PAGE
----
Abstract: Despite decades of research, the relationship between international diversification (ID) and performance (P) represents a quandary in the field of International Business.. Though, there seems to be some consensus among scholars on the non-linear nature of the relationship; researchers in the field continue to urge further work in the field for a more nuanced approach to study this relationship. This paper takes a step forward to address that call by arguing that the underlying relationship between ID and P is contingent upon product diversification (PD) of the firm. In particular, we hypothesize and provide evidence that the ID and P relationship is positively moderated by PD when the firm has both high levels of both ID and PD or low levels of both ID and PD.
  10. By: David C. Stapleton; David R. Mann; Jae Song
    Keywords: Early Intervention Incentives, Employers, Disability Program Entrants
    JEL: I J
    Date: 2015–03–18
  11. By: Riccardo Crescenzi; Luisa Gagliardi
    Abstract: This paper looks at the link between inter-regional mobility, innovation and firms' behavioural heterogeneity in their reliance on localised external sources of knowledge. By linking patent data (capturing inventors' inter-regional mobility) with firm-level data (providing information on firms' innovation inputs and behaviour) a robust identification strategy makes it possible to shed new light on the geographical mobility-innovation nexus. The analysis of English firms suggests that firm-level heterogeneity - largely overlooked in previous studies - is the key to explain the innovation impact of inter-regional mobility over and above learning-by-hiring mechanisms. A causal link between inflows of new inventors into the local labour market and innovation emerges only for firms that make the use of external knowledge sources an integral part of their innovation strategies.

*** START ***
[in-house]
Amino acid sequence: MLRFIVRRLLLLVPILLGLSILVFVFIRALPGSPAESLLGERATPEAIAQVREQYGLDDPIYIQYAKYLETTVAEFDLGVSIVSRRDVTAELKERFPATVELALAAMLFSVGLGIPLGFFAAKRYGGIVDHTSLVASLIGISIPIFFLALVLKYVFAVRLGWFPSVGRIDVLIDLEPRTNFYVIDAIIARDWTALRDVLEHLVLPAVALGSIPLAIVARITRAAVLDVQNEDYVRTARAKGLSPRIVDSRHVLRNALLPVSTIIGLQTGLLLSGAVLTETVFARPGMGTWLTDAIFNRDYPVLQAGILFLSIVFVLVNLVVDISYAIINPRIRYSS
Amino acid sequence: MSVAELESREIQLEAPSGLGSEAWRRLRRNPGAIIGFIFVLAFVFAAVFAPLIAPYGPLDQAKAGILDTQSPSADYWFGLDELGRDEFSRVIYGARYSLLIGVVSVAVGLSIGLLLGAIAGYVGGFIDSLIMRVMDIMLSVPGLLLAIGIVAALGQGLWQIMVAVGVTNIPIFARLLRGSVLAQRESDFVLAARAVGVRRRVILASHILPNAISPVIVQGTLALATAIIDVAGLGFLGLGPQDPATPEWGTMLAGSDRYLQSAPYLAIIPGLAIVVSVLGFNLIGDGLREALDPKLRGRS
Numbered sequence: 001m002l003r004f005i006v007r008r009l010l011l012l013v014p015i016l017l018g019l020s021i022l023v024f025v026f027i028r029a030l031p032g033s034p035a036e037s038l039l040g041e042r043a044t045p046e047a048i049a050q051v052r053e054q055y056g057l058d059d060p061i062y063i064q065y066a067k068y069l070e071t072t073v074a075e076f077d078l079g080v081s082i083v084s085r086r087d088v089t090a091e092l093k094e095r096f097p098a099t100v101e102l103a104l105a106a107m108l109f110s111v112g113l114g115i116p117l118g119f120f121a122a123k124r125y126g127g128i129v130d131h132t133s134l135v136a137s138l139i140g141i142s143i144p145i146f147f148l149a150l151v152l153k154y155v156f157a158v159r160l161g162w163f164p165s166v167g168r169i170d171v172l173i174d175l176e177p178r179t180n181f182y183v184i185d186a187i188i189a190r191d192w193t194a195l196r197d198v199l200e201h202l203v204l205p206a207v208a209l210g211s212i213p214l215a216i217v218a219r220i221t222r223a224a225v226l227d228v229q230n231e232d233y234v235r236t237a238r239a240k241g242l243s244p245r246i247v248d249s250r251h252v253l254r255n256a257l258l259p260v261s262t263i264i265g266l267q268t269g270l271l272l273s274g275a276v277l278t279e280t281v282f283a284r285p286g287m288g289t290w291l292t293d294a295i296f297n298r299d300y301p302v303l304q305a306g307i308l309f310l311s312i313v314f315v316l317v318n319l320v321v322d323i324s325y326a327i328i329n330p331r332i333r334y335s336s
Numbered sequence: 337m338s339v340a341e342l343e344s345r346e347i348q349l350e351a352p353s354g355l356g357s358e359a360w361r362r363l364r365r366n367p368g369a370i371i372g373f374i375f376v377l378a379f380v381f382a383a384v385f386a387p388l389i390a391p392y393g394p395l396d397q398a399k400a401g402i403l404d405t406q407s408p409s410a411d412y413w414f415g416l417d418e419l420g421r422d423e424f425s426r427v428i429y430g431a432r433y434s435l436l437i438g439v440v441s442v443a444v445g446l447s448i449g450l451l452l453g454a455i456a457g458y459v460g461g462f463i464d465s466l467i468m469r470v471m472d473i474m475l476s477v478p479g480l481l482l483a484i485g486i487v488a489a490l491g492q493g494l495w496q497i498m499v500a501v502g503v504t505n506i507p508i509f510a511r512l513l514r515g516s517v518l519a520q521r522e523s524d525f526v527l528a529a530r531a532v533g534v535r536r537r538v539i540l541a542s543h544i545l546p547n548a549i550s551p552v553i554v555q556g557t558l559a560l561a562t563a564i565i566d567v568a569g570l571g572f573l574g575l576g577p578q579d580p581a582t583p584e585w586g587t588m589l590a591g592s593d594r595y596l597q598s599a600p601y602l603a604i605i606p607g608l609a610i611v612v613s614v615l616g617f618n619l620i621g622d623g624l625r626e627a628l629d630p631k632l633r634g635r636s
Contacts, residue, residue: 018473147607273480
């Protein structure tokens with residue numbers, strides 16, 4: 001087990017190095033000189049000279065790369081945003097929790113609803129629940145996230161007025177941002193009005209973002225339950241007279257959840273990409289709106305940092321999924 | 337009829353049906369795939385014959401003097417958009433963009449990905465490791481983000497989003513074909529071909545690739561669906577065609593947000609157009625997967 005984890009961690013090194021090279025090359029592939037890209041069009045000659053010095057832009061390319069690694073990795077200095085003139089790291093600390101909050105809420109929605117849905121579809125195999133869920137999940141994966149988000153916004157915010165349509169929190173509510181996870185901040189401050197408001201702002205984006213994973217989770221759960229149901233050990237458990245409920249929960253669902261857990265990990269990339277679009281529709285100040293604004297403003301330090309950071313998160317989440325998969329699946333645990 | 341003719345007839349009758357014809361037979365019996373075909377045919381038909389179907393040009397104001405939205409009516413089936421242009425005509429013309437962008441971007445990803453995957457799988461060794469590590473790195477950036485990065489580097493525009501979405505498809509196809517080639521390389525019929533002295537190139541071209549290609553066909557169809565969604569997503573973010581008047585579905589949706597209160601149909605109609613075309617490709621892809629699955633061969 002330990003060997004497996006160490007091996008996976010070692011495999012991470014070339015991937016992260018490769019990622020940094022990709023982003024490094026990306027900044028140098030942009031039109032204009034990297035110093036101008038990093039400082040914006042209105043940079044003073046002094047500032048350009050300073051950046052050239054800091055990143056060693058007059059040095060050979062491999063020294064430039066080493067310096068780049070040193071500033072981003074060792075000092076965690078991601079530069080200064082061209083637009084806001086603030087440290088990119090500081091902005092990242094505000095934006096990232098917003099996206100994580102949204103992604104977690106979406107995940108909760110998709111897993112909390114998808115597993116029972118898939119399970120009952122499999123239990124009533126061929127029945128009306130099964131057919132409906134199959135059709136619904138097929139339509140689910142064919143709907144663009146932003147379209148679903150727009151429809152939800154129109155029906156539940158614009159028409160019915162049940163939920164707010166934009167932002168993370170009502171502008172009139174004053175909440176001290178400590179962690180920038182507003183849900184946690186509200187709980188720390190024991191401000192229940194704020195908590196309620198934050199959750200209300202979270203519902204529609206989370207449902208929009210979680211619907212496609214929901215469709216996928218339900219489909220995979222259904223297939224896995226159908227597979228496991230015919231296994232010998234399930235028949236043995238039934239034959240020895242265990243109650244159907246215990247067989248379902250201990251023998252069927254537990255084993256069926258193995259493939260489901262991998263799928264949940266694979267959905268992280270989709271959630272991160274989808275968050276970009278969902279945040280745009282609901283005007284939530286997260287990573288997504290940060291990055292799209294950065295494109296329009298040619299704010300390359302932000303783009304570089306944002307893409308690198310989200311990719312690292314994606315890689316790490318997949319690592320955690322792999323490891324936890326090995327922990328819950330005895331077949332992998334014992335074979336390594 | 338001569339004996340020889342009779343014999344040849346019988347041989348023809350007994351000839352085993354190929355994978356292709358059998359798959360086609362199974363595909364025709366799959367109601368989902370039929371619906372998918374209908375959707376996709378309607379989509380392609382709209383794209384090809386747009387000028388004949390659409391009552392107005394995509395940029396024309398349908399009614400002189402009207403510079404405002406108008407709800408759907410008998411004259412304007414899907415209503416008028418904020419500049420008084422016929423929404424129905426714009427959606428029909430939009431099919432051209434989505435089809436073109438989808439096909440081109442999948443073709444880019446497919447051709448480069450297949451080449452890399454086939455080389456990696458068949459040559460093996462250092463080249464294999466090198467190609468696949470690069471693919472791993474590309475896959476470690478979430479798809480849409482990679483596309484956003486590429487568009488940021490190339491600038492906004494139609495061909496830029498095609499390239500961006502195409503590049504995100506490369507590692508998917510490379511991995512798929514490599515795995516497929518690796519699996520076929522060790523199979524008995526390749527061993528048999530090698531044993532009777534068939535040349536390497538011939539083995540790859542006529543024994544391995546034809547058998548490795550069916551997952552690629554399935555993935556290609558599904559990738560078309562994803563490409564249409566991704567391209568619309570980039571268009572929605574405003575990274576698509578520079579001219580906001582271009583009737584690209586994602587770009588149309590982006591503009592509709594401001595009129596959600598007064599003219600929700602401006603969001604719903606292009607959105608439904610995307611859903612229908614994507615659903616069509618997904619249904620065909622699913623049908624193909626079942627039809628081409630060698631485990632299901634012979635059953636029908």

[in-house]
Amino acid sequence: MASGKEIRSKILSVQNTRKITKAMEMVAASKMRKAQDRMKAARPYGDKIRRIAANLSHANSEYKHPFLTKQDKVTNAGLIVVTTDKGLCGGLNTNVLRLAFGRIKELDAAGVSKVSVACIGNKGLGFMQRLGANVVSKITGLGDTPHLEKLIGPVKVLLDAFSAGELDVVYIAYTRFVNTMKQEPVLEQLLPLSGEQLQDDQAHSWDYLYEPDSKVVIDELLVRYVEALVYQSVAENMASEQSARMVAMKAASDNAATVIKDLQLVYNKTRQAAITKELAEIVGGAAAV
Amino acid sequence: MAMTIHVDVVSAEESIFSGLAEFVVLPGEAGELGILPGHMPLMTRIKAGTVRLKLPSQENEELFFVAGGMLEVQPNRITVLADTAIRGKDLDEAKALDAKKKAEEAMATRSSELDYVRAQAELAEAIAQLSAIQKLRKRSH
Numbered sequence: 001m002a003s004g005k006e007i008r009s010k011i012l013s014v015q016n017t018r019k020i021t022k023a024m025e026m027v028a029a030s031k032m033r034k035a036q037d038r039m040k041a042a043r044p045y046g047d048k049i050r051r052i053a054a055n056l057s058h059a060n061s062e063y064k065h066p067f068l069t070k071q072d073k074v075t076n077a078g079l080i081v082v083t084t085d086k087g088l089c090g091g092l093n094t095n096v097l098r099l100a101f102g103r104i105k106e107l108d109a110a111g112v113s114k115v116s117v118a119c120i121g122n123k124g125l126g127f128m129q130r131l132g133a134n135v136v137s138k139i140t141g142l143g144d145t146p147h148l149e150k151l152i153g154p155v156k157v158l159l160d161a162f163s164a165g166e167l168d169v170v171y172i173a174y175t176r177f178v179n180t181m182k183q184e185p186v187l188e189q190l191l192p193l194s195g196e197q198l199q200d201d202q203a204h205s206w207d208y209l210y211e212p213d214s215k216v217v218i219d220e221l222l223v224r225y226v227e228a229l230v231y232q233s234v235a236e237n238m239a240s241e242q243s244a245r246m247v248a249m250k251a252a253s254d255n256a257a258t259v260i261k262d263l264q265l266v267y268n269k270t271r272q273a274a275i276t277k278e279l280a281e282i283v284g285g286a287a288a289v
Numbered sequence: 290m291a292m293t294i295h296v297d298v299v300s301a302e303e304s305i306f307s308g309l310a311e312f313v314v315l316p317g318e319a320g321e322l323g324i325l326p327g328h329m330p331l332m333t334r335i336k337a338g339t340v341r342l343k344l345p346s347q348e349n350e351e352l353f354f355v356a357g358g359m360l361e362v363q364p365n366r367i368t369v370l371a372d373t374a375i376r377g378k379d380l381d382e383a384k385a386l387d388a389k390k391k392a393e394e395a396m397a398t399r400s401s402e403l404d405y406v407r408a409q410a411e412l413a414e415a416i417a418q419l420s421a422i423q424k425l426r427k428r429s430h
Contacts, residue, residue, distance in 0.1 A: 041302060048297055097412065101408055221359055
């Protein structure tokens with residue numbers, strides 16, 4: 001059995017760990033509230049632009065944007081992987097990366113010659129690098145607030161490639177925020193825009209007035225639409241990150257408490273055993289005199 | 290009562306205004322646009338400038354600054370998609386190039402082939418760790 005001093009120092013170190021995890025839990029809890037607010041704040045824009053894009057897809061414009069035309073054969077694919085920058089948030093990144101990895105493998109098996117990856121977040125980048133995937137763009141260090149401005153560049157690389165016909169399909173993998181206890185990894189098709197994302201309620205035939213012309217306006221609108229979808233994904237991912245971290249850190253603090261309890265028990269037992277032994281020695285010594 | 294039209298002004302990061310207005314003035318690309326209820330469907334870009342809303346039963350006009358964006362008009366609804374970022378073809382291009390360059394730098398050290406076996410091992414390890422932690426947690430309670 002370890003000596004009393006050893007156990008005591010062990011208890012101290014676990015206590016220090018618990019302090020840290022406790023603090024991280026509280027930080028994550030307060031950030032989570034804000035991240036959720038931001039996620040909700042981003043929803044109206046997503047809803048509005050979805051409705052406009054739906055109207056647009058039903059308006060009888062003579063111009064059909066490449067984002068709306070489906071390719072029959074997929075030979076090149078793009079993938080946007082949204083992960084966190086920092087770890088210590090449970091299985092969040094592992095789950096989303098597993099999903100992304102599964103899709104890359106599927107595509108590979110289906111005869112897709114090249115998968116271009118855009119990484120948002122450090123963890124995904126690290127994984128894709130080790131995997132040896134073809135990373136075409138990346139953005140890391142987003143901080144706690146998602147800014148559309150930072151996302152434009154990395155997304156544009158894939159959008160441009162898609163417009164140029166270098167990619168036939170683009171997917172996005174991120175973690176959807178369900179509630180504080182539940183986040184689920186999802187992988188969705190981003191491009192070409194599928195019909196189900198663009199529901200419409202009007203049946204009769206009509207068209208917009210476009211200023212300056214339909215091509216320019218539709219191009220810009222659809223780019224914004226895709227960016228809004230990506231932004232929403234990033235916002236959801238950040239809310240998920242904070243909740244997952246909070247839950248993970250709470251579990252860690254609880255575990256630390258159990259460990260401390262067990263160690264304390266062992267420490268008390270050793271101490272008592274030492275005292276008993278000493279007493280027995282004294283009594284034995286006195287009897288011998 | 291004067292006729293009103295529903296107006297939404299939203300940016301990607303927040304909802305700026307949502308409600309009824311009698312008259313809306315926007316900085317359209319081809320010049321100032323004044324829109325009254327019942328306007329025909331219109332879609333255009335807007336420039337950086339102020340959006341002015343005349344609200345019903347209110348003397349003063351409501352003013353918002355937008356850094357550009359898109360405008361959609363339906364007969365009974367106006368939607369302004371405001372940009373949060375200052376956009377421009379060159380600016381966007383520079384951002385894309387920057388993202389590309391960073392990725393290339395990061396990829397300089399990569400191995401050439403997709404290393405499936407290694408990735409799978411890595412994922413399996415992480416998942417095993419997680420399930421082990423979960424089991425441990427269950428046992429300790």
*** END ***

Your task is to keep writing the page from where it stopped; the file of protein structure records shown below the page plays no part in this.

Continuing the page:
Keywords: Innovation, Labour Mobility, Inter-regional Migration, Spillovers
    JEL: O31 O15 J61 R23
    Date: 2015–04
  12. By: Tomasz Kijek (University of Life Sciences in Lublin)
    Abstract: This paper tries to find how firms use IPRs in the form of patents to protect innovation capital and find determinants of their effectiveness. The research is based on a large sample of 2960 Polish manufacturing firms that were engaged in developing and/or implementing a product or process innovation in the years 2010-2012. Besides descriptive statistics which show firms’ attitudes toward the effectiveness of patents and their determinants, I apply the knowledge production functionto find a link between patent propensity, R&D and innovation performance. Descriptive analyses show that Polish manufacturing firms rarely use patents as the appropriability mechanism which results in the low level of their perceived effectiveness. It also turns out that the perceived effectiveness of a patent depends on a firm’s size, theinnovation type and technological opportunities. In turn, the results of the knowledge production function estimationallow me to conclude that an increase in patent propensity affects the firm’s innovation performancepositively.
    Keywords: innovation capital;appropriability mechanism; intellectual property rights;patent;knowledge production function
    JEL: O31 O34
    Date: 2015–04
  13. By: Green, RJ; Staffell, I
    Date: 2015–04–09
  14. By: Anna Grzes (University of Bialystok)
    Abstract: This empirical paper examines an impact of materials and services outsourcing on labour costs in two groups: industrial and construction enterprises, and services enterprises in Poland in the period 2005-2013. The analysis of this dependence was based on data of Central Statistical Office included in financial statement F-01/I-01. The preliminary analysis and econometric model showed that Polish industrial and construction, and service enterprises applied both types of outsourcing, but services outsourcing had more important effect on labour costs than materials outsourcing. However, the depreciation cost understood as technological progress had the biggest impact on labour costs, especially in industrial and construction firms.
    Keywords: cost; materials outsourcing, services outsourcing; Poland
    JEL: J30 L24 L60 L80
    Date: 2015–04